Starbucks chairman Howard Schultz to step down on June 26

Starbucks chairman Howard Schultz shocked many of his 350,000 associates across the world by announcing his resignation with just three weeks notice.

Political commentators have been quick to link his sudden departure to a bid for the Democratic presidential nomination for the 2020 election, rumours about which have been swirling for months.

Schultz’s last day at the small Seattle company he bought in 1987 and built into one of the world’s largest cafe chains will be on June 26 when he will be designated chairman emeritus. Myron E Ullman, formerly chairman and CEO of JCPenney, will take over as chairman with Mellody Hobson, president and director of Ariel Investments, becoming vice chairman.

In a long letter to staff and customers, Schultz said it seems like yesterday that he first walked into the Pike Place store, “stepped across the threshold, and was swept into a world of coffee and community”.

“That moment began the journey of a lifetime. Not just for me, but for so many of us. Who could have imagined how far we would travel together, from 11 stores in 1987 to more than 28,000 stores in 77 countries. But these numbers are not the true measures of our success. Starbucks changed the way millions of people drink coffee, this is true, but we also changed people’s lives in communities around the world for the better.”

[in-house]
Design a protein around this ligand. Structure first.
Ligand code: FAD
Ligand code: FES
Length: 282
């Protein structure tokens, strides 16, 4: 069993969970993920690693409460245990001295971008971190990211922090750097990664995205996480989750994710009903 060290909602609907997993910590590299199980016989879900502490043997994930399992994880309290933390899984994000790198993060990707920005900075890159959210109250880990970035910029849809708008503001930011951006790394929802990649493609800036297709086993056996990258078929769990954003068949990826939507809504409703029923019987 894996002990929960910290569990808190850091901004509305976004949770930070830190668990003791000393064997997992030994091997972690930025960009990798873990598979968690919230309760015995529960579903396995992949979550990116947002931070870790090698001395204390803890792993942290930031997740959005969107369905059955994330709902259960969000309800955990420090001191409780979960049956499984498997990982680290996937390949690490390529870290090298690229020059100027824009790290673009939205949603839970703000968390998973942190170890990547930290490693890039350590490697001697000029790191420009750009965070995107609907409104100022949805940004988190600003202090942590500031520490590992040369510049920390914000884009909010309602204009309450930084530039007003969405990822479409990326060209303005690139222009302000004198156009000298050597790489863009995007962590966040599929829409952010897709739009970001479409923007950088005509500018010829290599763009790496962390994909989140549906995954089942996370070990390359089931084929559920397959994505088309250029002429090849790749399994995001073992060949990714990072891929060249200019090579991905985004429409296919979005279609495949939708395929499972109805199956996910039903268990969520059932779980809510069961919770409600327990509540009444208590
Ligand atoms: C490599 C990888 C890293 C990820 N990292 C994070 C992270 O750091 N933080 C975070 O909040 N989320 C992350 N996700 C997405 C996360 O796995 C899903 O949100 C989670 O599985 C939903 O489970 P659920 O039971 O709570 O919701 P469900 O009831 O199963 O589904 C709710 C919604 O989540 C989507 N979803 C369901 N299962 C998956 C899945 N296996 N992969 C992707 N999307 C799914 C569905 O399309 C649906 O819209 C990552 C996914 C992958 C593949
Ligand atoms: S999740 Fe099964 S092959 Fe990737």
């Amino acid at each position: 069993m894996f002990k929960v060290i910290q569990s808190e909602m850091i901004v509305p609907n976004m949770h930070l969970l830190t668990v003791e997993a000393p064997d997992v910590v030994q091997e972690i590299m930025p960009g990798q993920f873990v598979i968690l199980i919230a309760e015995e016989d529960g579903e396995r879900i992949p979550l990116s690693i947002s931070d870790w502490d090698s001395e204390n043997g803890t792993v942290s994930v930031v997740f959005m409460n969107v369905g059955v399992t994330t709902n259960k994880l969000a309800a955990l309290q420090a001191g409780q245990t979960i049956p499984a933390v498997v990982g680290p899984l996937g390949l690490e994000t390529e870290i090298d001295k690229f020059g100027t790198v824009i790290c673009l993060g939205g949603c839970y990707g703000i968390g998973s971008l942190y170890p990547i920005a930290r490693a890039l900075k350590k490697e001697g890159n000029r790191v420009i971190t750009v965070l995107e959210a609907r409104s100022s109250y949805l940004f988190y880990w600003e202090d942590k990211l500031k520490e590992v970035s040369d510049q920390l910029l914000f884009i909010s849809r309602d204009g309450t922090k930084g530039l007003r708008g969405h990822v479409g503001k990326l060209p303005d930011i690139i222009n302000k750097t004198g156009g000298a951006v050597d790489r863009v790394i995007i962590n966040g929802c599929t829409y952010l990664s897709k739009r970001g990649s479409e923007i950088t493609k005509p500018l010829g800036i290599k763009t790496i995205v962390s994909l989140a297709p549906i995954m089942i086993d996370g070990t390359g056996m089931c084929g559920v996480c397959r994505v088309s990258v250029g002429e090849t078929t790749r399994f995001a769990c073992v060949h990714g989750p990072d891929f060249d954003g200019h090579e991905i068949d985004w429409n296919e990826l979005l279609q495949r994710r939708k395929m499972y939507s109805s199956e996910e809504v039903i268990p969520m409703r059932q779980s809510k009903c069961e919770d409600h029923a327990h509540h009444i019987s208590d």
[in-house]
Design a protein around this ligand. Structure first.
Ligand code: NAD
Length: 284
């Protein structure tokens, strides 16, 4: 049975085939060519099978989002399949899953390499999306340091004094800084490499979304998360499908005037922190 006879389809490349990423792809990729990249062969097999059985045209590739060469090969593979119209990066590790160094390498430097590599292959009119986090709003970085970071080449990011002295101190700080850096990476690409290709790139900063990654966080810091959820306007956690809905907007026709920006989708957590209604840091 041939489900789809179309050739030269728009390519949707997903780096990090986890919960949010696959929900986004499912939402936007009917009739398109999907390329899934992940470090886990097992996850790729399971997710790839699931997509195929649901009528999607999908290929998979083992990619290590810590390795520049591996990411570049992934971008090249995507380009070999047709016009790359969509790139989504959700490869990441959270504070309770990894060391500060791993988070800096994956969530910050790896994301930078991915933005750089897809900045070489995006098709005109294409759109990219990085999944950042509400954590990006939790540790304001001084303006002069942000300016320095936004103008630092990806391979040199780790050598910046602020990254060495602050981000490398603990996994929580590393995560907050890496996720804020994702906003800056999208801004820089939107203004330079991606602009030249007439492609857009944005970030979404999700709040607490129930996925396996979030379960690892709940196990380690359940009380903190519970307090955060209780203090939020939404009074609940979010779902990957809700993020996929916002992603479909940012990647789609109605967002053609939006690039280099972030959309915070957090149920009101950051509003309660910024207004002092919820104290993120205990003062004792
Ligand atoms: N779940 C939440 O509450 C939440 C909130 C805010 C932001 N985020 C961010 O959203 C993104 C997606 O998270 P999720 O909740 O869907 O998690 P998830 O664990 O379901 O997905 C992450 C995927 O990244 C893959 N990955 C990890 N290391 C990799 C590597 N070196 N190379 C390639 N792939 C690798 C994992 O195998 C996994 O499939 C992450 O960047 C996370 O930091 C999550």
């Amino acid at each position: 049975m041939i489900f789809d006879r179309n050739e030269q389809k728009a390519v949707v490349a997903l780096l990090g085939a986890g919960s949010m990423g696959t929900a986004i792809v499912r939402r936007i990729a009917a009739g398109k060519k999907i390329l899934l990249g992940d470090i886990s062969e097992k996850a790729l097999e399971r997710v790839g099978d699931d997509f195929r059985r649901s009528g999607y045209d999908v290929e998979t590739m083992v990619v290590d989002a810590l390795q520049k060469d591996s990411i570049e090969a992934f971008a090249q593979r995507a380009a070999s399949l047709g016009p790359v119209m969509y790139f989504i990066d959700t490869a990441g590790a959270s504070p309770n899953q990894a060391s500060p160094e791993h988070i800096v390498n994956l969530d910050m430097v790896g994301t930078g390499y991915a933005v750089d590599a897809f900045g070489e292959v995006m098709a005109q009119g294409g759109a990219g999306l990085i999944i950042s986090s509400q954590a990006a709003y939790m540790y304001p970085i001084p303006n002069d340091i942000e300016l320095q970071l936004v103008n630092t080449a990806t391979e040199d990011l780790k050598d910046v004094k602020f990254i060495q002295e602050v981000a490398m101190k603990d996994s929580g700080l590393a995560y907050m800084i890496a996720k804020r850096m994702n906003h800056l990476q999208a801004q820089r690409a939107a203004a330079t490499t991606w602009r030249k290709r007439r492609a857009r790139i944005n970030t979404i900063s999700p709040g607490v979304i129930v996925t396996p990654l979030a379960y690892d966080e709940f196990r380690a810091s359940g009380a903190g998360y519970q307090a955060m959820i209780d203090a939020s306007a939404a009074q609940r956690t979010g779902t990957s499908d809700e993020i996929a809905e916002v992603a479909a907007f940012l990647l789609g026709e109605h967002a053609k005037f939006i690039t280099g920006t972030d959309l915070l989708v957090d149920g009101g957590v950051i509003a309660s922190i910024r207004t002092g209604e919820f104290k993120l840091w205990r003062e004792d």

Perhaps a clue to his future political intentions was an invitation in the letter to follow his website howardschultz.com which appears to be brand new. On the site he signs off from Starbucks in another letter, closing with the comment: “I still have the same curiosity that’s fuelled me all these years, and a relentless passion to enhance the lives of others. I encourage and welcome your thoughts about what comes next…”

During recent years, Schultz has been more outspoken about his political views, publicly endorsing Hillary Clinton and condemning several actions of US President Donald Trump.

It’s not goodbye

In his letter to Starbucks staff and customers, Schultz said the move will be an emotional transition.

“But I’m looking forward to spending time with my family this summer. I’m also writing a book about Starbucks’ social impact work and our efforts to redefine the role and responsibility of a public company in an ever-changing society. It’s a journey that has prompted me to consider the many ways that each of us, as citizens, can give back to our communities. I’ll be thinking about a range of options for myself, from philanthropy to public service, but I’m a long way from knowing what the future holds.”

He was also clear in his desire to remain part of the company he built so strong. “I’ll never say goodbye to you. Just thank you.”

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